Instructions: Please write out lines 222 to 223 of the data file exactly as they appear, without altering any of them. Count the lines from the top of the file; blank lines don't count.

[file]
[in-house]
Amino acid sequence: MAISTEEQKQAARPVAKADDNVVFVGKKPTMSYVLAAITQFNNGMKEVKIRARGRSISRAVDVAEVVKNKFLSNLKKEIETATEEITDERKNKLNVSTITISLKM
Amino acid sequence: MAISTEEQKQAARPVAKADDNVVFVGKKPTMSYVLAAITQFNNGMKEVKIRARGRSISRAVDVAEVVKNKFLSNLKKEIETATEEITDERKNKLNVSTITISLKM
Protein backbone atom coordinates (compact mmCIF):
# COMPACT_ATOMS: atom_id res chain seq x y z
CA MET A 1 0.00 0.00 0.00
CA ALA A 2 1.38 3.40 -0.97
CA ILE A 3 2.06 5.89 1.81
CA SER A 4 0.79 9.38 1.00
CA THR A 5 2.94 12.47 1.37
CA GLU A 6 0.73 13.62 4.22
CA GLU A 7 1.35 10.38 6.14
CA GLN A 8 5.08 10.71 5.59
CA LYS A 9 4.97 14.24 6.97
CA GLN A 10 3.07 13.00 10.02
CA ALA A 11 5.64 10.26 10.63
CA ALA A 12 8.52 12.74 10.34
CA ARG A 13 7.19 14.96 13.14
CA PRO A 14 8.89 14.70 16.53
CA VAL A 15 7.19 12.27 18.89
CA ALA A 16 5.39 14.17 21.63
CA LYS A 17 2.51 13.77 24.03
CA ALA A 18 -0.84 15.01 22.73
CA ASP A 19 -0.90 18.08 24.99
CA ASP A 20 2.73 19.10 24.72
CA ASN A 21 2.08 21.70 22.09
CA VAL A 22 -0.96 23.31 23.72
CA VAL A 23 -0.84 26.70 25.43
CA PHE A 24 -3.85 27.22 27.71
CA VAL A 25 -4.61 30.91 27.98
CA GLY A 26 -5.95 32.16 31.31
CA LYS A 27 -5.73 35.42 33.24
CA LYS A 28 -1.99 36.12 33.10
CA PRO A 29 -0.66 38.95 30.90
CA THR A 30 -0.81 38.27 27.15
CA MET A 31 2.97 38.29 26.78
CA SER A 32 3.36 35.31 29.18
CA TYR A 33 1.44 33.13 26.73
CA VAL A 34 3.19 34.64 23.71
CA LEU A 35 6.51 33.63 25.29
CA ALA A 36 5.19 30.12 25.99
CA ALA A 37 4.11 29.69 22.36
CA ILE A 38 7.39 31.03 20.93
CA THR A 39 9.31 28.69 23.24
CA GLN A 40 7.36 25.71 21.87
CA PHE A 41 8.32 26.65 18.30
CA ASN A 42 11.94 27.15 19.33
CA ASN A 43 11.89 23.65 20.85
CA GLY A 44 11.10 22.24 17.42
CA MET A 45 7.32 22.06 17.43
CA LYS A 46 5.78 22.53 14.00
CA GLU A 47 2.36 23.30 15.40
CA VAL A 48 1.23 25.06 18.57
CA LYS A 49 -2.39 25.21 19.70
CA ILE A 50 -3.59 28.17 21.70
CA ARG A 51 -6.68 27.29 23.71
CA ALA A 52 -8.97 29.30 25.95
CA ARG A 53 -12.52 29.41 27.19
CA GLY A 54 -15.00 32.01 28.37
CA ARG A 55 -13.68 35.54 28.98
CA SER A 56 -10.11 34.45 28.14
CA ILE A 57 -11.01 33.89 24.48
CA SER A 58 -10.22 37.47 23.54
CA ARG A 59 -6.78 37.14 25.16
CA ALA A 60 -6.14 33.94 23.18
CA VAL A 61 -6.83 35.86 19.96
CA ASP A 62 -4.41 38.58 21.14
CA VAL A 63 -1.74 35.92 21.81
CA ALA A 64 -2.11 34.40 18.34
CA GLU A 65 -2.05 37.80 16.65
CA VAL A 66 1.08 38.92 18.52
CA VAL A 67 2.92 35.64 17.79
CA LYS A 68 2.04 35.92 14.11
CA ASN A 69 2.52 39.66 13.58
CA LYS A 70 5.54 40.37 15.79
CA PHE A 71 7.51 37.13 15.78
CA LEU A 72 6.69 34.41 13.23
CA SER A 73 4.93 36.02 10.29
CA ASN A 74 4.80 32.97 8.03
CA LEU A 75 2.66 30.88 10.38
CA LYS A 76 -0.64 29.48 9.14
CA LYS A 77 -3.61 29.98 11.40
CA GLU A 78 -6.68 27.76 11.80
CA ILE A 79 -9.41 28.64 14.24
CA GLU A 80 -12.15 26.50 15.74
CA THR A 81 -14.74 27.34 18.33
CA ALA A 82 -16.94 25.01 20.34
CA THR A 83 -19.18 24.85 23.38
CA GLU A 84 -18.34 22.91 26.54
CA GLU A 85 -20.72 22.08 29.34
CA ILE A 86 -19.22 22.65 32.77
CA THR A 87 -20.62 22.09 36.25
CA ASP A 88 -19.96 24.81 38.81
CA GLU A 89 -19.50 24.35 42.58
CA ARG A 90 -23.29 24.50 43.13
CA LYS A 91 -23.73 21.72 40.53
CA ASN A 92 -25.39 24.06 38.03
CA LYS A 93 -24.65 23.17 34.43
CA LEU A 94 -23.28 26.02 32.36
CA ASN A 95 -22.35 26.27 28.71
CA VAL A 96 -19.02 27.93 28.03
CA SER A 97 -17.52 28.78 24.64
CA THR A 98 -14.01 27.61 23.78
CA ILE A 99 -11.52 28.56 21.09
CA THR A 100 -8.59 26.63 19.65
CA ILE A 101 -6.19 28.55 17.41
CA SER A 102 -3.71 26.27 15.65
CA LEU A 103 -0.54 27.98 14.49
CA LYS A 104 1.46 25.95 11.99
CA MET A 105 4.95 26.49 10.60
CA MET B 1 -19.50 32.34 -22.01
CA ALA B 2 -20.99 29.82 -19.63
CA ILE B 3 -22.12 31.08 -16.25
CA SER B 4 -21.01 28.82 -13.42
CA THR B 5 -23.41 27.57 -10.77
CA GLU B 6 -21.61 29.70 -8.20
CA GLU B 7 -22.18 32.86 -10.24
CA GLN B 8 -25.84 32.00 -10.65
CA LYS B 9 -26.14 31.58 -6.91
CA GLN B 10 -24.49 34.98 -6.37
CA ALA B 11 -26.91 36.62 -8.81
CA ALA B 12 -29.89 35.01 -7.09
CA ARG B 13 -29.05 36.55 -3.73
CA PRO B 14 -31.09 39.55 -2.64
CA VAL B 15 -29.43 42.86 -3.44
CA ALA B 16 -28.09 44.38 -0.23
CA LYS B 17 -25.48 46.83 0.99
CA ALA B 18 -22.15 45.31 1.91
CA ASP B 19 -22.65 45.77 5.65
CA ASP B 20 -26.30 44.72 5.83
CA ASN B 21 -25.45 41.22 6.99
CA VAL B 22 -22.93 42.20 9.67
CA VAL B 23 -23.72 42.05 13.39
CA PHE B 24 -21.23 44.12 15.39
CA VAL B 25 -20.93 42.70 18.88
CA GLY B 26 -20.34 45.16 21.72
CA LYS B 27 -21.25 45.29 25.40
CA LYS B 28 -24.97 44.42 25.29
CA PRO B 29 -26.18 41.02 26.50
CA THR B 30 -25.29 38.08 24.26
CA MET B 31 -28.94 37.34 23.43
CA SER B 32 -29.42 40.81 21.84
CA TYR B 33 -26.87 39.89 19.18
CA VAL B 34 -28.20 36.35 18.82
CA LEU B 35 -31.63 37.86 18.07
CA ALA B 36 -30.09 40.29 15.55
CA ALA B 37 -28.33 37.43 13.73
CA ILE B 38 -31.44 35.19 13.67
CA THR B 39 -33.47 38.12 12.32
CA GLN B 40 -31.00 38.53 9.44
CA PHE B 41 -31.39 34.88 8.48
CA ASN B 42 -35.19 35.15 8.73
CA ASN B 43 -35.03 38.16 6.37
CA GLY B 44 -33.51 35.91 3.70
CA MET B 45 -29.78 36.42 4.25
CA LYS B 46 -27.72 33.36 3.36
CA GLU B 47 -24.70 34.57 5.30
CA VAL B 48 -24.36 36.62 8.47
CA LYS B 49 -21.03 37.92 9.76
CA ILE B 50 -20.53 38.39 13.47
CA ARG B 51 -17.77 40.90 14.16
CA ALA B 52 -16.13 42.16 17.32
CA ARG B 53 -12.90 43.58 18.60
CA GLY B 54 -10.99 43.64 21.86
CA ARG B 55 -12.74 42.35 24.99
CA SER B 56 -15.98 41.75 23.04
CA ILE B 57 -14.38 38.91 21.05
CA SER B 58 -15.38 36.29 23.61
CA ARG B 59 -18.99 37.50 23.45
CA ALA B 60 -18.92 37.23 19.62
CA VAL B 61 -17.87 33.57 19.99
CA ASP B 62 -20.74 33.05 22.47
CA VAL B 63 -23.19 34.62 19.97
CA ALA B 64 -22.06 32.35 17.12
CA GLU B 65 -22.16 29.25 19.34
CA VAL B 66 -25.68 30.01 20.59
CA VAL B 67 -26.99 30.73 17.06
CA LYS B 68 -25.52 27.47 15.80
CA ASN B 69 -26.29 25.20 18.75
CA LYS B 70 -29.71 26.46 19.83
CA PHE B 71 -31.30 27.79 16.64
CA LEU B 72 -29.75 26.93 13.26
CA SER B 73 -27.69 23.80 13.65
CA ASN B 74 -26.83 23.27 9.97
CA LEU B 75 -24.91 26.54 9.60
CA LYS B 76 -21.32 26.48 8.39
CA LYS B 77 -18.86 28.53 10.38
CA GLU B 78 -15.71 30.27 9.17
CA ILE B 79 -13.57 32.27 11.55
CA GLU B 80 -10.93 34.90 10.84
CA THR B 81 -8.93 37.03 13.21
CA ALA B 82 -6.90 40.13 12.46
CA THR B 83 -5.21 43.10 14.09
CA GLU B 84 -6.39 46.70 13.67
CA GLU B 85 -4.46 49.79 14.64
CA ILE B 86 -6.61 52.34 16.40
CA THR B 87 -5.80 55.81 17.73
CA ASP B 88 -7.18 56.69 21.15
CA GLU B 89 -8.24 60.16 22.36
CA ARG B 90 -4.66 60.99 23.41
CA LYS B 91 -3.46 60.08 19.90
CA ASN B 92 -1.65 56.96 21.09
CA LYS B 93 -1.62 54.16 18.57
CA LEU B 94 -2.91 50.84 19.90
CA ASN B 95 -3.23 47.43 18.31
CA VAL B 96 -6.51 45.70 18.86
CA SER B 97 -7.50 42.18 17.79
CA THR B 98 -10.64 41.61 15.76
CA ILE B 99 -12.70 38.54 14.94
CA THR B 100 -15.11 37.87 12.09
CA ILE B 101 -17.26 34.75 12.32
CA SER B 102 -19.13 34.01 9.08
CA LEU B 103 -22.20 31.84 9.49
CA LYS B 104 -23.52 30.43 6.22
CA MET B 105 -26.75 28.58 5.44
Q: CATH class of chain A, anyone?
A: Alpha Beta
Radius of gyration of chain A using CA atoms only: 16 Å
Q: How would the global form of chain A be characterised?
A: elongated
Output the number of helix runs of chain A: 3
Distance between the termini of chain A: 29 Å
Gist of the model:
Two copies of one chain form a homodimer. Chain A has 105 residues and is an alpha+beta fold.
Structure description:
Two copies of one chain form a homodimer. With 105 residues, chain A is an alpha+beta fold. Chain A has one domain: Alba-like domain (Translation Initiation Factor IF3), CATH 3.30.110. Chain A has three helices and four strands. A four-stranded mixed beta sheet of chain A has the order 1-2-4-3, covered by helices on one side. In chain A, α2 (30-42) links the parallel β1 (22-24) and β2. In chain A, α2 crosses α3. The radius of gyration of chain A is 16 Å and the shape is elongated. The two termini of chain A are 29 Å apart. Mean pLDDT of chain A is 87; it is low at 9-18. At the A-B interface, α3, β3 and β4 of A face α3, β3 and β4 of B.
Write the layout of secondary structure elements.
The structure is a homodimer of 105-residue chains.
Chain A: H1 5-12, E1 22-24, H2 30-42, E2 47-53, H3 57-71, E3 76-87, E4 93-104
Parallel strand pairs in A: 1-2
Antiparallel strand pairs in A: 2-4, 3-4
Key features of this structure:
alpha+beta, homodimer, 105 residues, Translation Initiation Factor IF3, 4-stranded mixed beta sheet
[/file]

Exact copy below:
Distance between the termini of chain A: 29 Å
Gist of the model: